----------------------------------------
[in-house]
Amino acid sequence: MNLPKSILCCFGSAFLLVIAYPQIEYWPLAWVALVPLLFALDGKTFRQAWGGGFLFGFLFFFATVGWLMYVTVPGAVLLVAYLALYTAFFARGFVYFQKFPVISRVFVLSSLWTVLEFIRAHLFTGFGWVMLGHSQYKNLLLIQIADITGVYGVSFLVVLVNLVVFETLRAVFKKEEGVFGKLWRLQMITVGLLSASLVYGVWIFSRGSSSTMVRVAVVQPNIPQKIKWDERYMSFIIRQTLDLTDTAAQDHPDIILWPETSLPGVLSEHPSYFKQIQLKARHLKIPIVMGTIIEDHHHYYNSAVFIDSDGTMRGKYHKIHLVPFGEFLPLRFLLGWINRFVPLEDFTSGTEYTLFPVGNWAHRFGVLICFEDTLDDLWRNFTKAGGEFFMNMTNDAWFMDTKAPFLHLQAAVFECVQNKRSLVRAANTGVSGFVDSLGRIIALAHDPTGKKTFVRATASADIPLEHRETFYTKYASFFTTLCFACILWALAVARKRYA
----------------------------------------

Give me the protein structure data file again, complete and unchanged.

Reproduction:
[in-house]
Amino acid sequence: MNLPKSILCCFGSAFLLVIAYPQIEYWPLAWVALVPLLFALDGKTFRQAWGGGFLFGFLFFFATVGWLMYVTVPGAVLLVAYLALYTAFFARGFVYFQKFPVISRVFVLSSLWTVLEFIRAHLFTGFGWVMLGHSQYKNLLLIQIADITGVYGVSFLVVLVNLVVFETLRAVFKKEEGVFGKLWRLQMITVGLLSASLVYGVWIFSRGSSSTMVRVAVVQPNIPQKIKWDERYMSFIIRQTLDLTDTAAQDHPDIILWPETSLPGVLSEHPSYFKQIQLKARHLKIPIVMGTIIEDHHHYYNSAVFIDSDGTMRGKYHKIHLVPFGEFLPLRFLLGWINRFVPLEDFTSGTEYTLFPVGNWAHRFGVLICFEDTLDDLWRNFTKAGGEFFMNMTNDAWFMDTKAPFLHLQAAVFECVQNKRSLVRAANTGVSGFVDSLGRIIALAHDPTGKKTFVRATASADIPLEHRETFYTKYASFFTTLCFACILWALAVARKRYA